Labor groups: Struggle vs 'endo' on

BACOLOD. Protesters burn the effigy of Philippine President Rodrigo Duterte and United States President Donald Trump during the Labor Day rally at the Bacolod City public plaza. (Marchel P. Espina

FOR labor groups in Negros Occidental, the struggle is not yet over despite President Rodrigo Duterte finally signing the Executive Order (EO) imposing a total ban on all forms of unlawful contractualization in the country.

Wennie Sancho, secretary general of General Alliance of Workers Association (Gawa), said though the signing is a welcome development, it is still premature for the labor sector to rejoice until the implications of the order to the working class will be fully scrutinized.

Sancho, at the sidelines of the Labor Forum for Solidarity, said the signing of the EO is a measure to put out the fire of discontentment felt by the workers against the government due to high prices, low wages, and poverty.

"Despite the jubilation, the struggle is not yet over," he said, adding that "though it was already signed, we are not yet totally relieved."

Duterte signed the EO during the Labor Day celebration in Cebu City Tuesday, May 1.

This came amid the labor group's loud and persistent clamor for his "failure" to stop the end of contract (endo) in the country, which he promised during the election campaign.

The EO states that "contracting and subcontracting, when undertaken to circumvent the workers' right to security of tenure, self-organization and collective bargaining and peaceful concerted activities, pursuant to the 1987 Philippine Constitution, is hereby strictly prohibited."

Without the EO, companies are still allowed to enter into "legal" contracting and subcontracting arrangements that are not banned, as provided by Department Order 174 of the Department of Labor and Employment's (Dole).

The EO is also applied "to all parties, including cooperatives engaged in any contracting and subcontracting arrangements."

Considering the EO as a gift to the workers, Duterte announced that he made good on his pledge to get rid of the unfair practice of short-term and unprotected temporary work scheme.

"More than a century has passed since the very first Labor Day was celebrated and yet, the struggle for a better life for our beloved workers continues," Duterte said in a keynote speech.

He added that "I assure you that this government will never cease in its effort to provide every Filipino worker with full, dignified and meaningful employment. They deserve no less than decent and comfortable life."

Gawa said there is still a need for the labor sector to be vigilant especially on how the government will implement the order.

"We will continue to keep an eye on the government. We will not stop especially when there are problems on the implementation," its secretary general stressed.

Though they have yet to seek a copy of the EO, Sancho said the order should have provisions clearly stating that "works that are necessary and desirable to the companies or businesses should be regularized."


The Philippine Agricultural, Commercial and Industrial Workers Union-Trade Union of Congress of the Philippines (Paciwu-TUCP) expressed reservations on the newly-signed EO.

Hernane Braza, national president of Paciwu-TUCP, told SunStar Bacolod they have yet to ascertain the order's extent and limitations as there might still provisions that allow contractualization.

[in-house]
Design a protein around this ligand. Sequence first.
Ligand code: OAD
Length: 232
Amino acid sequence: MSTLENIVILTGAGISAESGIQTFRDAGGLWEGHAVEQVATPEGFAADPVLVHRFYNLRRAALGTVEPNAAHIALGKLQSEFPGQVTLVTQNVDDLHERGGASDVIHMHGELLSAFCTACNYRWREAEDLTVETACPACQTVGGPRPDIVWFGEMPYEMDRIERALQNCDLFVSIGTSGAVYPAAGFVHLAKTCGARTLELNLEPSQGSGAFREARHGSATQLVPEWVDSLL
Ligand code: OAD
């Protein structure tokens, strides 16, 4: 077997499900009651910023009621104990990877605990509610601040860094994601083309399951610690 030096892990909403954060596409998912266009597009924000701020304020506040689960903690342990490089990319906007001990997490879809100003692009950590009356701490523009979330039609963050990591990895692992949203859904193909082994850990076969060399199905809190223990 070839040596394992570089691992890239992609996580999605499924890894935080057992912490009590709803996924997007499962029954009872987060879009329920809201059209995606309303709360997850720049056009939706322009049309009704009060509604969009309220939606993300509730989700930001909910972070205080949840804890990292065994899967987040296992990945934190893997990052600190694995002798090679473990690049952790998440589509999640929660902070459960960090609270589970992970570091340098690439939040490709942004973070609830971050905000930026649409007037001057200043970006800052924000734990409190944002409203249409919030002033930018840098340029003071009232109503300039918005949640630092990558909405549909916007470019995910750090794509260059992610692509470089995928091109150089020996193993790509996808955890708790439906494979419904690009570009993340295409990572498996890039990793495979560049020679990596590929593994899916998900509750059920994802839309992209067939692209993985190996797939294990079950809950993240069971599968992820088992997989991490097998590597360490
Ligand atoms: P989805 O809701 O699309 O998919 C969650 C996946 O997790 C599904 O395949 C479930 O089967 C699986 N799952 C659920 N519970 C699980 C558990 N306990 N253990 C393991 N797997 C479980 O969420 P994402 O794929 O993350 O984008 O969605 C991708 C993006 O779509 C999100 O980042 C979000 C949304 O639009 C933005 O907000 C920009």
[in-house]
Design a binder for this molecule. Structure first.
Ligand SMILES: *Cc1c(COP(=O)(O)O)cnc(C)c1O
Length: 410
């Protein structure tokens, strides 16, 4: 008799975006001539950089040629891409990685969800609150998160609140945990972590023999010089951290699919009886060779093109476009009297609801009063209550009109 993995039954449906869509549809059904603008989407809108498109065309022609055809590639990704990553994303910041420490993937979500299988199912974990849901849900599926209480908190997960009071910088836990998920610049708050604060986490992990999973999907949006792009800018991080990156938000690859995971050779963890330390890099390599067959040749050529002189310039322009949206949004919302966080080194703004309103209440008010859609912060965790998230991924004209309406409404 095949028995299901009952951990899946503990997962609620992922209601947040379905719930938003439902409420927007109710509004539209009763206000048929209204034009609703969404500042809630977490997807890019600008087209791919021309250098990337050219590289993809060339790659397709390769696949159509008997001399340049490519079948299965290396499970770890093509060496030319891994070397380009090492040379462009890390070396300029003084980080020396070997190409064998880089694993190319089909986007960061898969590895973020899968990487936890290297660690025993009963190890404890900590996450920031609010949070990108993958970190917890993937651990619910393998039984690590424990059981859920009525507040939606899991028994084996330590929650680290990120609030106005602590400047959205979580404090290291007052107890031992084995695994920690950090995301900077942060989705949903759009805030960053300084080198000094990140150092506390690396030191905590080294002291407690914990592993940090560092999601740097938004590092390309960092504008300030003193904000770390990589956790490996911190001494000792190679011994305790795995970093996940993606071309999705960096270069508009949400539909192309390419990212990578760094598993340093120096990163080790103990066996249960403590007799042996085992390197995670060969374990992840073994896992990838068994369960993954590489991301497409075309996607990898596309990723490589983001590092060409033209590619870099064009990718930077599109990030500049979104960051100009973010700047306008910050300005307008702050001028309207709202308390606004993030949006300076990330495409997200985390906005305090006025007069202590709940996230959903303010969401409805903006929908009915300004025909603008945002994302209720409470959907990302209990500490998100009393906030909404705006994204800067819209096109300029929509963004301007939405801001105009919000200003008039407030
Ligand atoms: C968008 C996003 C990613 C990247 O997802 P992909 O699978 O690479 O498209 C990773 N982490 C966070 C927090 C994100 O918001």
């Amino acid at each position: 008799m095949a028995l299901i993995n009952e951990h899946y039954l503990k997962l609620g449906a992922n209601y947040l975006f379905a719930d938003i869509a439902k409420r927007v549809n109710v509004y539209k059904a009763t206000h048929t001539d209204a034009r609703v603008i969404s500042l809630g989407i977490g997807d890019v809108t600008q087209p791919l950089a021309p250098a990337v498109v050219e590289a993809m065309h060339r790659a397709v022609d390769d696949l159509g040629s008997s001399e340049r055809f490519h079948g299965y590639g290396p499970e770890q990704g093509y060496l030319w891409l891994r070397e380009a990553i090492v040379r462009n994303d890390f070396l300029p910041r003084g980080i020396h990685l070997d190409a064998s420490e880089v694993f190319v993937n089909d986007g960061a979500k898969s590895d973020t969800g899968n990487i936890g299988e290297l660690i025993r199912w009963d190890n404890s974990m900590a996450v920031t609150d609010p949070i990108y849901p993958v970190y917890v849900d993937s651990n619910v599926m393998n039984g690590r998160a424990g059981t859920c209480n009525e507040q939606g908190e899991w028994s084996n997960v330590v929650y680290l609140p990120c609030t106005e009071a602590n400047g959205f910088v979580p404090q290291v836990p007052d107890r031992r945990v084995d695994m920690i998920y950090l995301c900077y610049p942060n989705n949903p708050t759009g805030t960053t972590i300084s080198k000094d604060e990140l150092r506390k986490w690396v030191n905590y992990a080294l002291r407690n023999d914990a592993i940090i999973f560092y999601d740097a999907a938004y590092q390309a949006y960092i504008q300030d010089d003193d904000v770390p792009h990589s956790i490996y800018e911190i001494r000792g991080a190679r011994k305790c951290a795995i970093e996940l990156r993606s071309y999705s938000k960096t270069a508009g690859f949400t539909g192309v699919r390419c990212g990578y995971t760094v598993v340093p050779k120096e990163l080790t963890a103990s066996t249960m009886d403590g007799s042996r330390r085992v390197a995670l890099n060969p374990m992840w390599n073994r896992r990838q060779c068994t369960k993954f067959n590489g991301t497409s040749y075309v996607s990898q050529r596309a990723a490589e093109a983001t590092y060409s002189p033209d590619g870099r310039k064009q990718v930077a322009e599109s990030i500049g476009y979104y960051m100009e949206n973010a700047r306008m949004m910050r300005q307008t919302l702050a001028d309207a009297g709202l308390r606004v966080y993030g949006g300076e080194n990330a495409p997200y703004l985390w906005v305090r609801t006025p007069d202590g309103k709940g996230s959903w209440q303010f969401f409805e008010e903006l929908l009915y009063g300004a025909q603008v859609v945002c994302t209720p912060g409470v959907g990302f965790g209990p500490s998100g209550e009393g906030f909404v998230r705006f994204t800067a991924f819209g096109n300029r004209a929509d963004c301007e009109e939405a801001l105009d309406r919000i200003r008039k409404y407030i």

Braza said there are really employees who cannot be regularized like construction workers especially those in project-based works.

But like Sancho, the Paciwu-TUCP official asserted that workers doing vital and necessary to the operation of businesses should be free from contractualization.

"We will first scrutinize the guidelines. Without it, our reservations stay," he said, calling on labor front and organized groups to be vigilant in observing the government's implementation of the EO.

"Endo" scheme, he said, has been used by employers to oppress the rights of the workers to security of tenure by non-provision of their necessary benefits like those given to regular employees.


The local business group affirmed that the EO outlawed illegal labor contracting or subcontracting.

Frank Carbon, chief executive officer of Metro Bacolod Chamber of Commerce and Industry, said they also have yet to see the details of the order.

Carbon said the labor code allows some form of labor contracting and labor laws cannot be amended by the EO.

"But if the President declares illegal some form of labor contracting or subcontracting so long that it does not contravene existing labor laws we will comply," he added.

In his speech, Duterte warned all non-compliant and abusive employers who are engaged in labor-contracting.

"Your days are numbered. I will see to it that our laws are strictly enforced. The government will not rest until we end the shameful labor practice," he said.


The President said the EO is not enough and Congress still needs to amend the "outdated" Labor Code.

"(Because) you have to change or modify or entirely abrogate some of the provisions of the code governing employment practices," Duterte said, as he recommended the entire revision or revisit the previous laws.

Articles 106 to 109 of Presidential Decree 442 or the Labor Code of the Philippines permit companies to enter into contractual arrangements with their employees.

"I remain firm in my commitment to put an end to 'endo' and illegal contractualization. However, I believe that in order to implement an effective and lasting solution to the problems brought about by contractualization, Congress needs to enact a law amending the Labor Code," Duterte noted.

For the local labor groups, they agree that some provisions of the Labor Code should be amended to meet the changes of the time. (with reports from SunStar Philippines)


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